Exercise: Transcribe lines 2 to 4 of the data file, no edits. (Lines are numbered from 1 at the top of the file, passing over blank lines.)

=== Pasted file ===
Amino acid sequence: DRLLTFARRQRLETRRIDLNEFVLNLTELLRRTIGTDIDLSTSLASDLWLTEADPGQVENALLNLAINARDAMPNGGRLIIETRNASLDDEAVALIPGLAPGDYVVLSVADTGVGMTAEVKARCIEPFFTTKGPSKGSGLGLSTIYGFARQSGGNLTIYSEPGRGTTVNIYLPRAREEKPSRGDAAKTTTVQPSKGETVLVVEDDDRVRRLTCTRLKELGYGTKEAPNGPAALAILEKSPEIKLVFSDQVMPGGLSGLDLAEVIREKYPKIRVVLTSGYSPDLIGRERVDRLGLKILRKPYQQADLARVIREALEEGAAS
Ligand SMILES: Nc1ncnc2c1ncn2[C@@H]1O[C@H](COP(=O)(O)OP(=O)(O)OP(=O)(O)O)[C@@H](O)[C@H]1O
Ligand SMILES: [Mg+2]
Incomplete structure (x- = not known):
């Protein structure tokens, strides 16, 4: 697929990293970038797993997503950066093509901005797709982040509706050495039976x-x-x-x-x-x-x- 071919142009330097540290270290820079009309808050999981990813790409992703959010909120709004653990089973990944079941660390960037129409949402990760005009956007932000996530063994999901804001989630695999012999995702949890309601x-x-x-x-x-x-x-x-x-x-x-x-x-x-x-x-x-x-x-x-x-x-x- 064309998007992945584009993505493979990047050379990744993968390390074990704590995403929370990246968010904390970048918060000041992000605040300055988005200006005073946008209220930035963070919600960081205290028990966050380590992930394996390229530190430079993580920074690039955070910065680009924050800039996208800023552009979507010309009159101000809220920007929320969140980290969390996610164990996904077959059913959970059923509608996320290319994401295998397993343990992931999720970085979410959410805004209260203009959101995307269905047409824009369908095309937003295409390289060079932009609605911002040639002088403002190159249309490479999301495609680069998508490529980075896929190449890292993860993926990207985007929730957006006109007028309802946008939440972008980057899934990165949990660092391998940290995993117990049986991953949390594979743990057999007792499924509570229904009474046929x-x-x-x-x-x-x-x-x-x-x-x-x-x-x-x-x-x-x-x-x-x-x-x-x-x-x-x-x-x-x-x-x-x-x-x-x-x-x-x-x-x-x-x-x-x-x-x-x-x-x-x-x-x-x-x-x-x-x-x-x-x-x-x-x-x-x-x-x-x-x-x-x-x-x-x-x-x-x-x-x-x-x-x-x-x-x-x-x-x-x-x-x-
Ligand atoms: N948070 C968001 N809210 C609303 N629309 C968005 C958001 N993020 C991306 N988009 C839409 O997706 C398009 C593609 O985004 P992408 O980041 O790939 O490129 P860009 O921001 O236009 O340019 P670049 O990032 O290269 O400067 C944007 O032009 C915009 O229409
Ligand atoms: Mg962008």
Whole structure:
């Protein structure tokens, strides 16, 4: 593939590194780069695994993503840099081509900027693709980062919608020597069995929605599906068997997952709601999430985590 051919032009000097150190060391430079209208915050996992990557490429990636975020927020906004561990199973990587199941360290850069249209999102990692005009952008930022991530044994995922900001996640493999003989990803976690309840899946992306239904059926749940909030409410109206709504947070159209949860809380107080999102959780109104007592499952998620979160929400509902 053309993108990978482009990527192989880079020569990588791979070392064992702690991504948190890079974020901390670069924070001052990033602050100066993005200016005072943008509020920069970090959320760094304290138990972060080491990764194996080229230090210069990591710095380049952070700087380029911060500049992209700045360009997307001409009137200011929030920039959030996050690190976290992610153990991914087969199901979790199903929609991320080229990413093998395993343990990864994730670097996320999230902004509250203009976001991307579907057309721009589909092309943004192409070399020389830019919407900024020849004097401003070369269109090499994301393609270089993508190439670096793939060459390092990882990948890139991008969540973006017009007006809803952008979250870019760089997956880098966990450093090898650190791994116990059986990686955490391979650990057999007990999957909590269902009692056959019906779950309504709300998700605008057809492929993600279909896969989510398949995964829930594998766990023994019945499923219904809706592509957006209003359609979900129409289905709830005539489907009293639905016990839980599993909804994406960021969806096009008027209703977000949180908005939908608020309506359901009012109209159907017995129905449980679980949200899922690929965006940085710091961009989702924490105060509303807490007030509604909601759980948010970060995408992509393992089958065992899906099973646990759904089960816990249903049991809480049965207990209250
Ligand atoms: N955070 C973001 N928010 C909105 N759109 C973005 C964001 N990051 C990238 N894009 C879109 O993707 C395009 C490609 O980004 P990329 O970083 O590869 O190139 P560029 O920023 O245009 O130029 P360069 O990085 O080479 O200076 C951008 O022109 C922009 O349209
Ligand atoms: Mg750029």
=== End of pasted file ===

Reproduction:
Ligand SMILES: Nc1ncnc2c1ncn2[C@@H]1O[C@H](COP(=O)(O)OP(=O)(O)OP(=O)(O)O)[C@@H](O)[C@H]1O
Ligand SMILES: [Mg+2]
Incomplete structure (x- = not known):